Archive for the 'PR' Category

For a PR to blog, or not to blog?

February 1, 2009

It’s a tricky one. I’m sure, as readers of this blg, you’re all superstars of the industry. As such you’re working with awesome brands and organisations, and have no doubt you could be called upon by any other awesome brand, at any point in the short-to-medium future.

Great. Let’s look at the other side of the equation. As a PR you know that for a blog to work you need compelling, personal and regular content. You also knwo that 15% of all conversations are about brands (made up stat based on somethig I recently read). So, 15% of all your posts will be about brands, good or bad.

So does this possibility of imminent work with any given brand mean you shouldn’t blog about brands full stop? Yes, I know the theory “they’d respect your well-thought out criticism and appreciate they were buying indpendent advice”. But in practice the world doesn’t work that way.

So, do we need to change the way we think about how, as PRs, we express our thoughts on brands? Does it need to become a matter of conscience that you can freely express opinion, in the same way as political views are held separate to your ability or suitability as a professional? After all, holding strong (personal) Tory or Labour views wouldn’t affect your ability, and it wouldn’t be deemed appropriate to object to them.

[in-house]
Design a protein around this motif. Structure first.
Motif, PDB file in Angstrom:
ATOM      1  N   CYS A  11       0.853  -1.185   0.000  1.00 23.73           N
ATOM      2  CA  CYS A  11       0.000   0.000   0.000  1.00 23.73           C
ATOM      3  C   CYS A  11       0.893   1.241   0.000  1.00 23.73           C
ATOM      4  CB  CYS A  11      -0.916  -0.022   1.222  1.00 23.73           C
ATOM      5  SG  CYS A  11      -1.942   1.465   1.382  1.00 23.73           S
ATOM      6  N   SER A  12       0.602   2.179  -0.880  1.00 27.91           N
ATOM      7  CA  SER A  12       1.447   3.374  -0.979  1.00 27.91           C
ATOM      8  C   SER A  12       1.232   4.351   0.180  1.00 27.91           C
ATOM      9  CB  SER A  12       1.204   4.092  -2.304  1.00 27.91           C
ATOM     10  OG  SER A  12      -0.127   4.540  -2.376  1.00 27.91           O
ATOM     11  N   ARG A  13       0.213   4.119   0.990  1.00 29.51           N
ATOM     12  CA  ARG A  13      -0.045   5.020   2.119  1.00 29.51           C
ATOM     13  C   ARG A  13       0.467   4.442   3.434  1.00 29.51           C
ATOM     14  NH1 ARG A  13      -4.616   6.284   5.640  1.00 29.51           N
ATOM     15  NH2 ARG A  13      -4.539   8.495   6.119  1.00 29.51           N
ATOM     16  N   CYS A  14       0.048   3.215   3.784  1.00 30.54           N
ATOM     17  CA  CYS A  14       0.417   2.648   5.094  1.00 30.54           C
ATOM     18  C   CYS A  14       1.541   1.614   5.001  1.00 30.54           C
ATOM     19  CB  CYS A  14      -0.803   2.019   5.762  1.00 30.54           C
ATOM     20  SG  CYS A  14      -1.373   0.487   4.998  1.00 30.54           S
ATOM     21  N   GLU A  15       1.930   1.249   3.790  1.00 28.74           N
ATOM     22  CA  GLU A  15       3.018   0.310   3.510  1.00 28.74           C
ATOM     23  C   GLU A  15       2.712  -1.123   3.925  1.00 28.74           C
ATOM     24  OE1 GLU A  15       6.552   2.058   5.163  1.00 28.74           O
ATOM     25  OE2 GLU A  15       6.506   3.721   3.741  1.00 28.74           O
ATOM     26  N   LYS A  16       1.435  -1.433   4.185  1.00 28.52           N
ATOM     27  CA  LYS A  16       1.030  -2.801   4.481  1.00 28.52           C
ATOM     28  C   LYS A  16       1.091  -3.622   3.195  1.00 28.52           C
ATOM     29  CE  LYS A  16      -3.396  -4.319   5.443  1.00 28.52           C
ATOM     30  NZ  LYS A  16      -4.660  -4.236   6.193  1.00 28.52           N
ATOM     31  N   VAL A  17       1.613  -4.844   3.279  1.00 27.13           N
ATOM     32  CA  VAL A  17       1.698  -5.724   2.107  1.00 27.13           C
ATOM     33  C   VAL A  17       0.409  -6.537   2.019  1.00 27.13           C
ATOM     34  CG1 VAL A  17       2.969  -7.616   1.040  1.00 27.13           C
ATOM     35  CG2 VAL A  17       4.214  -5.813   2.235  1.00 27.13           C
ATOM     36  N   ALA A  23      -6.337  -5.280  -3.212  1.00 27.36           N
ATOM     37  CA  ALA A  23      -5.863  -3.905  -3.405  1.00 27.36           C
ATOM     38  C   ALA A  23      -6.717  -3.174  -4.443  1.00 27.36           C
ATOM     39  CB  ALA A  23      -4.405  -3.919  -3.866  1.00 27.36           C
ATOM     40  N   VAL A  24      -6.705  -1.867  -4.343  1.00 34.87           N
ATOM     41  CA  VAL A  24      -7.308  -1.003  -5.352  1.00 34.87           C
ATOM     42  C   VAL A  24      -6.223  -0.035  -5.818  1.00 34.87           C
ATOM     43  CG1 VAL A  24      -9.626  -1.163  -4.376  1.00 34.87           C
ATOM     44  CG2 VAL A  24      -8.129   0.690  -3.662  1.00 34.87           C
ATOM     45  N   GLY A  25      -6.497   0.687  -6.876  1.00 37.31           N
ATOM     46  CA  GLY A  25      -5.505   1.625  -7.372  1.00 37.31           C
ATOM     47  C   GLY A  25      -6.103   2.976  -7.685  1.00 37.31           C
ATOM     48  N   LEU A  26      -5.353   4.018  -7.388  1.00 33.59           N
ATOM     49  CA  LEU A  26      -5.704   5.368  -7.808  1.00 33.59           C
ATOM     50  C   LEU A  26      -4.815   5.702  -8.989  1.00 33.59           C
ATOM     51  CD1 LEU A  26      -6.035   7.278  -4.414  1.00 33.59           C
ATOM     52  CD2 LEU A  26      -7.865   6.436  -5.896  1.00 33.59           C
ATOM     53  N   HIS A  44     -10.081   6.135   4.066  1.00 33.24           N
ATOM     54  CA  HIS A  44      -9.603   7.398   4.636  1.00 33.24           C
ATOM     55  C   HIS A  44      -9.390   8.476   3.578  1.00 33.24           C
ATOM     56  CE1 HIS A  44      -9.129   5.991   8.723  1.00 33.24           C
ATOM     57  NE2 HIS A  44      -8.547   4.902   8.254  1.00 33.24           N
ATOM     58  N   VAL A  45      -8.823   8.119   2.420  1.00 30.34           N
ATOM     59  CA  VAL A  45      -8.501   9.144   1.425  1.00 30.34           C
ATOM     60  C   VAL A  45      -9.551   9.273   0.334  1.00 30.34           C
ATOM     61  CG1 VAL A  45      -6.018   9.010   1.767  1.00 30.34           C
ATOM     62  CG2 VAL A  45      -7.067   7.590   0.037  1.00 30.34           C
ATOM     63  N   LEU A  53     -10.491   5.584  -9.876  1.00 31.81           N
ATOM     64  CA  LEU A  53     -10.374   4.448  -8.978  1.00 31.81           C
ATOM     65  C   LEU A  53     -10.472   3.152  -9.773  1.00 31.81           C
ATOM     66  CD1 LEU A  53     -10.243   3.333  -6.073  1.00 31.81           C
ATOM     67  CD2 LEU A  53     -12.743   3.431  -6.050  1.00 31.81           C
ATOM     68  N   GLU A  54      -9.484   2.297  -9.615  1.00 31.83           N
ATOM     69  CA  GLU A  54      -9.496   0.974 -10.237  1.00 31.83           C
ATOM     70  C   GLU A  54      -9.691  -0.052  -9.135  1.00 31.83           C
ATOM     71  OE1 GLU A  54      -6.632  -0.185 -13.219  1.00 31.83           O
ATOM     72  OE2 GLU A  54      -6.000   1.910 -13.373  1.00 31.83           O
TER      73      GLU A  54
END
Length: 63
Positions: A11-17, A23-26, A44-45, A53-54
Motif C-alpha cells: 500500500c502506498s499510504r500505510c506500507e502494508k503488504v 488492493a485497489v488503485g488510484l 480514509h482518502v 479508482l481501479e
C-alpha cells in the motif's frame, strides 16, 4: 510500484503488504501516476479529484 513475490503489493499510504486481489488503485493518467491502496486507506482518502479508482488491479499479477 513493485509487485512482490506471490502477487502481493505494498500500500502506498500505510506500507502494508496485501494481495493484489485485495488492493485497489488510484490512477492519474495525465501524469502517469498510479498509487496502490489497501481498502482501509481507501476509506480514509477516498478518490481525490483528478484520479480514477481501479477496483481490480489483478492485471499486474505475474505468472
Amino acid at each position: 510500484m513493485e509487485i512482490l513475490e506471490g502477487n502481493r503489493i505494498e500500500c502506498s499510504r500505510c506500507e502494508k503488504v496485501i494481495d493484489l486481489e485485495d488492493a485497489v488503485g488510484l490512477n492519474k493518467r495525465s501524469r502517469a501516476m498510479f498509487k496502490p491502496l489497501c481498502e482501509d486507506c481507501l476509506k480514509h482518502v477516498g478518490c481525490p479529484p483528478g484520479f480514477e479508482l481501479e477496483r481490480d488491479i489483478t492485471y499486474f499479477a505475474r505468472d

Or should we just accept it’s tough to blog when you work in PR, and handle the need to watch your step?


Media relations dream? Box ticked.

October 25, 2008

The hands get sweaty, the heart beats faster, you check the armpits for visible perspiration. Take a swig of coffee. Recite your opening line under your breath for the hundredth time. And then…

We’ve all been there. No- not asking girls out- but selling in a story to that one media outlet you’ve always dreamt of.

For some it’s the FT. And yeah, it’s kind of cool when you engage the brainiest journos around (the pink just edges out the Economist for cool points, if not difficulty). Others might pick the Daily Mail; barometer of Britain ‘n’ all that. Maybe you’re all Google generation and actually your thrill is hitting the front page of Digg after pitching an ‘a lister’. (Although the immediacy of the thrill is less than trad media relations IMHO).